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Re: Occasional memory fault in inode_has_perm() while running xfstest 23

To: Eric Paris <eparis@xxxxxxxxxxxxxx>
Subject: Re: Occasional memory fault in inode_has_perm() while running xfstest 234
From: Christoph Hellwig <hch@xxxxxxxxxxxxx>
Date: Mon, 14 Nov 2011 15:20:44 -0500
Cc: Christoph Hellwig <hch@xxxxxxxxxxxxx>, Chandra Seetharaman <sekharan@xxxxxxxxxx>, XFS Mailing List <xfs@xxxxxxxxxxx>, linux-security-module@xxxxxxxxxxxxxxx
In-reply-to: <CACLa4psaXKWT0uQBdQFTkT6bzqLED1dZna5RhBK3-oZ=6LjDRw@xxxxxxxxxxxxxx>
References: <1320961003.2201.27.camel@xxxxxxxxxxxxxxxxxxxxxxxxxxxx> <20111114102755.GA31043@xxxxxxxxxxxxx> <CACLa4psaXKWT0uQBdQFTkT6bzqLED1dZna5RhBK3-oZ=6LjDRw@xxxxxxxxxxxxxx>
User-agent: Mutt/1.5.21 (2010-09-15)
On Mon, Nov 14, 2011 at 10:13:11AM -0500, Eric Paris wrote:
> The only way this can happen is if the filesystem is creating inodes
> and not calling security_inode_alloc() (which should be done in
> inode_init_always)
> 
> I can only guess (and believe me it is a complete wild guess after
> looking at grep for 5 seconds) it has something to do with the XFS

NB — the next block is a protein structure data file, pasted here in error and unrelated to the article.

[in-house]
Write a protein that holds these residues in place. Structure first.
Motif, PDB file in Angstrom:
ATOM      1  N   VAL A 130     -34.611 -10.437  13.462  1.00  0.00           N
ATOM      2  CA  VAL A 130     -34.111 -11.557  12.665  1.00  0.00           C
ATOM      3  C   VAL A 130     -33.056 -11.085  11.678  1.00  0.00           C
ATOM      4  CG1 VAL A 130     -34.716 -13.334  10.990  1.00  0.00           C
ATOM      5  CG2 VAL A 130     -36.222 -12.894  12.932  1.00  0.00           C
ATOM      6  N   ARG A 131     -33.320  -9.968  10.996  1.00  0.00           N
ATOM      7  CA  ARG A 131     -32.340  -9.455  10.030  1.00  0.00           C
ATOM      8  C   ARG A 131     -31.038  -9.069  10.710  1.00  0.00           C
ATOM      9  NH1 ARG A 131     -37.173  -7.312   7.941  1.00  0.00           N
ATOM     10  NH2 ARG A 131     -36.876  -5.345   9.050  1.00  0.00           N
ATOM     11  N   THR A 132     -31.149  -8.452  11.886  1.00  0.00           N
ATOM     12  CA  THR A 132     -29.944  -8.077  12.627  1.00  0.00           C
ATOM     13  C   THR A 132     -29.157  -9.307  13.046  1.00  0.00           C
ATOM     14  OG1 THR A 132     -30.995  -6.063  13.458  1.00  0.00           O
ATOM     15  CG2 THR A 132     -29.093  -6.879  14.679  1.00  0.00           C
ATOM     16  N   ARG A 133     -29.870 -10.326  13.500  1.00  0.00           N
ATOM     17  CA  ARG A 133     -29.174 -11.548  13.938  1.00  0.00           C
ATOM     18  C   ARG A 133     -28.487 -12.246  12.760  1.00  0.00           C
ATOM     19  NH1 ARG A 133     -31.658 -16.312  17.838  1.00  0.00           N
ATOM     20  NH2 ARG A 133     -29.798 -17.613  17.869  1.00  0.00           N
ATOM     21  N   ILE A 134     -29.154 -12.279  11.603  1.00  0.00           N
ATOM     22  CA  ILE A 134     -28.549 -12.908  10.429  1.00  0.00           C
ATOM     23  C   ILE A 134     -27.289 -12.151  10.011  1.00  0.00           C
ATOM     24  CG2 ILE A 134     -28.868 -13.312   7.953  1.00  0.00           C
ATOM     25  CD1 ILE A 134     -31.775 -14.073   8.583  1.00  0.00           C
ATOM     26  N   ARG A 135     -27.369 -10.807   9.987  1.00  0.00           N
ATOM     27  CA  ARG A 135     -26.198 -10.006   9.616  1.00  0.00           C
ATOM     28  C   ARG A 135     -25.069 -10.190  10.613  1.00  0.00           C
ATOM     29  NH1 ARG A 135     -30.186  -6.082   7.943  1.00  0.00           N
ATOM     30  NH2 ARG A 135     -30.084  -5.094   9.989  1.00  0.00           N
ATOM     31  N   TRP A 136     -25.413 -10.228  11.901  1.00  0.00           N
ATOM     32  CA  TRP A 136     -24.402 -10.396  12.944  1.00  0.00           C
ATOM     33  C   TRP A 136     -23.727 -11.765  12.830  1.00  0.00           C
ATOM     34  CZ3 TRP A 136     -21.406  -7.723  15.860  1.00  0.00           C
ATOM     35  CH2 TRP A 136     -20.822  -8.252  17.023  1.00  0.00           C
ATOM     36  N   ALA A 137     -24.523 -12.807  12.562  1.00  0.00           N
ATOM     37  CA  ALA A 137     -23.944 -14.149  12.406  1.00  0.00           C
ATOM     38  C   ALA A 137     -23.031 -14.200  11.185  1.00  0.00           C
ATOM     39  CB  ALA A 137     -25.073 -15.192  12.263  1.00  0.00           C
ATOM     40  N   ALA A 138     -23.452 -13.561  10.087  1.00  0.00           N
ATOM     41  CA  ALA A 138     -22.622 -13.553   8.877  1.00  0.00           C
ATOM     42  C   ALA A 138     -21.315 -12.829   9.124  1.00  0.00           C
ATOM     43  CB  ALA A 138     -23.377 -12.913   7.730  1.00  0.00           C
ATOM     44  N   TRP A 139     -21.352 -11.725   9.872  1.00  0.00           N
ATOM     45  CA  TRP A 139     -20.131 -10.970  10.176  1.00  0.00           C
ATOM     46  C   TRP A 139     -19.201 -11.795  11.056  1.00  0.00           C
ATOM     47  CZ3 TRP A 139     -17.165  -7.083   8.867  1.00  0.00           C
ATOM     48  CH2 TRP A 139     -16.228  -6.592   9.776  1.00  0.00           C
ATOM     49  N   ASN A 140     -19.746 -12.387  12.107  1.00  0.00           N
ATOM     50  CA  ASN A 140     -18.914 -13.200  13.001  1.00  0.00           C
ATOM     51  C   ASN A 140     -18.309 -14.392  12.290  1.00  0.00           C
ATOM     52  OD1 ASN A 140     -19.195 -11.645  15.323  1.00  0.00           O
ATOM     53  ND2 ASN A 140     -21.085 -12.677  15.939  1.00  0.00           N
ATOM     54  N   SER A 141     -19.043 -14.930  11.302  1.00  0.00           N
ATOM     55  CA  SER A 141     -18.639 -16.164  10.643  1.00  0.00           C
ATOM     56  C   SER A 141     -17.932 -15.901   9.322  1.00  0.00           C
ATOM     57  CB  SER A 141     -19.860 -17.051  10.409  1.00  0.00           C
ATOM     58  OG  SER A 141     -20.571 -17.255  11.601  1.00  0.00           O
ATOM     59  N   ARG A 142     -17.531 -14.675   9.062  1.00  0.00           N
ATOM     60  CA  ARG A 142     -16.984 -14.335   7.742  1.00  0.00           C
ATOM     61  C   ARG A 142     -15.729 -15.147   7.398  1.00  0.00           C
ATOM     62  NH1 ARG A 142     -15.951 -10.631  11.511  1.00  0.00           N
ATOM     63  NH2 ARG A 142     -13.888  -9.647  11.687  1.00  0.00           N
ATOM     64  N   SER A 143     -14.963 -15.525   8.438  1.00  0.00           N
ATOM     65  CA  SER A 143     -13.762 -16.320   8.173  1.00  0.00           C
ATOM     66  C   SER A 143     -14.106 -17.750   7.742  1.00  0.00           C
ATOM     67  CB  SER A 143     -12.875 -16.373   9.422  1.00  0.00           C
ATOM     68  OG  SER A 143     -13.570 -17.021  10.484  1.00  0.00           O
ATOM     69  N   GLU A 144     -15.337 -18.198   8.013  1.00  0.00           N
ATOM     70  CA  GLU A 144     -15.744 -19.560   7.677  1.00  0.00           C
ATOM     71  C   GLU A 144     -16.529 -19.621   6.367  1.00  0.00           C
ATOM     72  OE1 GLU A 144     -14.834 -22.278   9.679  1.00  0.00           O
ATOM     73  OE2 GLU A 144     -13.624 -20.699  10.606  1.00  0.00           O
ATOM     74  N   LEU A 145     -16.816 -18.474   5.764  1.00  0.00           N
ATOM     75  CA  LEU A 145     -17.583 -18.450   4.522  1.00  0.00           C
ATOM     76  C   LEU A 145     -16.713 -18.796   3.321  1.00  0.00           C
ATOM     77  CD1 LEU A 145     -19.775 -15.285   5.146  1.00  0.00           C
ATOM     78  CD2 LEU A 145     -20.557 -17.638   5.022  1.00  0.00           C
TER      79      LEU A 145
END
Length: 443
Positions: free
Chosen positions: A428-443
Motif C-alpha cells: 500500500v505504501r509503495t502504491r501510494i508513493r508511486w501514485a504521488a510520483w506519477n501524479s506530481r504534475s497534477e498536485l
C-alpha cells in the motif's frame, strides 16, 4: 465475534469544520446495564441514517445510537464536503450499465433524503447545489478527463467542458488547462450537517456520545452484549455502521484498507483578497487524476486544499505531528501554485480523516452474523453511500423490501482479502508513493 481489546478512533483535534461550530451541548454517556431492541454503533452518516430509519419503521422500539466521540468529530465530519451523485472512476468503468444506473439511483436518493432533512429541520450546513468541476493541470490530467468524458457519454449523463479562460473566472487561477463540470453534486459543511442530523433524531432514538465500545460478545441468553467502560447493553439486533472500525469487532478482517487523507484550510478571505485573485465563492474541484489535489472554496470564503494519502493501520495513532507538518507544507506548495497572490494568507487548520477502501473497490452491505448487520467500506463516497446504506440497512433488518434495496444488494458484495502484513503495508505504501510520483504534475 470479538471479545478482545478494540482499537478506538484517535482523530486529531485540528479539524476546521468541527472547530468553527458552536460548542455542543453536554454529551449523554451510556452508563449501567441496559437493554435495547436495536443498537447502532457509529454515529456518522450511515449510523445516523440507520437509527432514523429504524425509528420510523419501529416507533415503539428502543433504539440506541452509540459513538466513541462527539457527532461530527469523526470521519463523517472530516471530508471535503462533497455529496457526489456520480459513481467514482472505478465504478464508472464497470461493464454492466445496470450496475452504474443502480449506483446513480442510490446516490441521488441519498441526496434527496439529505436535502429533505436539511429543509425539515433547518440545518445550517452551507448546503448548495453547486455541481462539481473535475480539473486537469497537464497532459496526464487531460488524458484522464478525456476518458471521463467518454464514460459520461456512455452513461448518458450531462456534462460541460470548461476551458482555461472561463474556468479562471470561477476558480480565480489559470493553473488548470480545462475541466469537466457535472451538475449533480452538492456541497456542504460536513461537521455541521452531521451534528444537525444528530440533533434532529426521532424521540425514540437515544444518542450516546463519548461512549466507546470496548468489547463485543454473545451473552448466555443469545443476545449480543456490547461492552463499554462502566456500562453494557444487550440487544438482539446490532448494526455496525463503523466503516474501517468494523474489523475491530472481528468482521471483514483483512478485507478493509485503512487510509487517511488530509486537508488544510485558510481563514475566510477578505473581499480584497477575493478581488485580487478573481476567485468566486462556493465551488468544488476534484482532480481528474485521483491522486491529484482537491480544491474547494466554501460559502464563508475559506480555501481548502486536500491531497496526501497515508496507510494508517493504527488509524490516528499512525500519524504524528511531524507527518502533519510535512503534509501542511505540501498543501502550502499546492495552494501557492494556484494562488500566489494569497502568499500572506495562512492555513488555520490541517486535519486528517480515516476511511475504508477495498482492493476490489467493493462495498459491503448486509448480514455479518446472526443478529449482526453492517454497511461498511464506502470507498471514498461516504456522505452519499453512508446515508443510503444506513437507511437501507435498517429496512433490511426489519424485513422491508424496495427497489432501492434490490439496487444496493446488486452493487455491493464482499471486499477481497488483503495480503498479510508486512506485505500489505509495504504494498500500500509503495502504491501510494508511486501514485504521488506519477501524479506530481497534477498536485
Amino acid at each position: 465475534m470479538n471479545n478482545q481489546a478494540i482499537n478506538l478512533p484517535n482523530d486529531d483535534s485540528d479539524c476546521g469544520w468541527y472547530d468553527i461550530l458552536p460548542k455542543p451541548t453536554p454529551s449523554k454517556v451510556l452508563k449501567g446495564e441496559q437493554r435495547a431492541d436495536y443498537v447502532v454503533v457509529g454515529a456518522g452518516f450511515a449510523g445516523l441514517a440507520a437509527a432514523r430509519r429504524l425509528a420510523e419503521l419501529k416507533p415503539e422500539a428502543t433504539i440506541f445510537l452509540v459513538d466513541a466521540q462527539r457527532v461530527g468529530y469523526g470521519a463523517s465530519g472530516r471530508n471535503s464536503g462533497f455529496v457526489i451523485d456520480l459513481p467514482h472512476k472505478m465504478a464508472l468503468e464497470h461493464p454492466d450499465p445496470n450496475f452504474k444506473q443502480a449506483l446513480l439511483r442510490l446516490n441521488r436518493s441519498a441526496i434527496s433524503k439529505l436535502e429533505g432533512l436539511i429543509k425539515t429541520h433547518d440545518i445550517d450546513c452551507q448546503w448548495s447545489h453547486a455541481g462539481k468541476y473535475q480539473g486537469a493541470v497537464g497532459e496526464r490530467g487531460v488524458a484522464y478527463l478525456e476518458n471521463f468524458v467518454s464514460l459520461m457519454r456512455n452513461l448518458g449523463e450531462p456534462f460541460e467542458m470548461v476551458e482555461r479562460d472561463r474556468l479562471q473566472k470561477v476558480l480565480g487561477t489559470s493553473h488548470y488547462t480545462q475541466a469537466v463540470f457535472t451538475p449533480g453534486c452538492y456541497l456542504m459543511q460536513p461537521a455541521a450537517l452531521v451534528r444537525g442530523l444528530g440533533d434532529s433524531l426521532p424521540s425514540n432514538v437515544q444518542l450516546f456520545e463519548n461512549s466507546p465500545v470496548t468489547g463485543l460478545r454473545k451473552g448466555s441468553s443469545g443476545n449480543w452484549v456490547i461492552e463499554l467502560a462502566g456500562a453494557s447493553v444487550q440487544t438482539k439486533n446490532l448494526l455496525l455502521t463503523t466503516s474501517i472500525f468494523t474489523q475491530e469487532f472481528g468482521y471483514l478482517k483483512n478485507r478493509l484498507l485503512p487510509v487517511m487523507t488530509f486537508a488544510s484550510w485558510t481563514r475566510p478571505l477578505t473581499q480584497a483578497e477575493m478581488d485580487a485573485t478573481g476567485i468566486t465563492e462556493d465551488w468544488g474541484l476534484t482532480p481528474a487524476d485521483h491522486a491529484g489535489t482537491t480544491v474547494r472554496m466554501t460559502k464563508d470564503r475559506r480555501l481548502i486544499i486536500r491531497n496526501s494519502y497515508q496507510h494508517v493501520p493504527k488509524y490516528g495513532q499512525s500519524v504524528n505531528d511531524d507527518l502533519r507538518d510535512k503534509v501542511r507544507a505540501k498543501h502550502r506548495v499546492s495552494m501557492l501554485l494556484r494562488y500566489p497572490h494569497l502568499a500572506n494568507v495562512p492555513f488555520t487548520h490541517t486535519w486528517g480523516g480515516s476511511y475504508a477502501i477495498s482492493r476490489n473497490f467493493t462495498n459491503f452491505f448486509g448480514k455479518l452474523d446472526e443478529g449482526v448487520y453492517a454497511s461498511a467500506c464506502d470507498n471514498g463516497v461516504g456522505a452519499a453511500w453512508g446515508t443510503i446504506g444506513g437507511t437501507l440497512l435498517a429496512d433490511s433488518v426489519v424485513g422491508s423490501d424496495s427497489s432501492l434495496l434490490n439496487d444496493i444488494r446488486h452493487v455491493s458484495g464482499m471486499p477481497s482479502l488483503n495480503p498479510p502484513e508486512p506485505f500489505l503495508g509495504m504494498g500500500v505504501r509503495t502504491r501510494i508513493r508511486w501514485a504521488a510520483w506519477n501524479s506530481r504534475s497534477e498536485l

> __releases() function which does some weirdness in the case of a
> failed call to inode_init_always().

Do you mean xfs_iget_cache_hit?

> The only other option is an FS somehow still uses an inode after
> __destroy_inode(), but I'd assume that would land you in other
> troubles.  In either case, I'm hard pressed to blame SELinux/LSM,
> since the VFS does appear to be hooked in the right places
> (inode_init_alwasys and __destroy_inode) to set and unset
> inode->i_security....

XFS inodes have a longer life time than VFS inodes they still
hang around after ->destroy_inode, and if we manage to reuse them
we'll call inode_init_always on them manually.  The error handling
there is nasty - basically we try to move it back into the state
before we tried to reuse it, return an error to userspace and then
expect the inode to either get reclaimed, or that we have enough
memory next time someone tries to reuse it.  Note that the only
way for it to fail is if security_inode_alloc fails, so on normal
non-LSM systems it won't ever fail.

I can't really see an issue with i_security lifetimes from a quick
look over the code, though.

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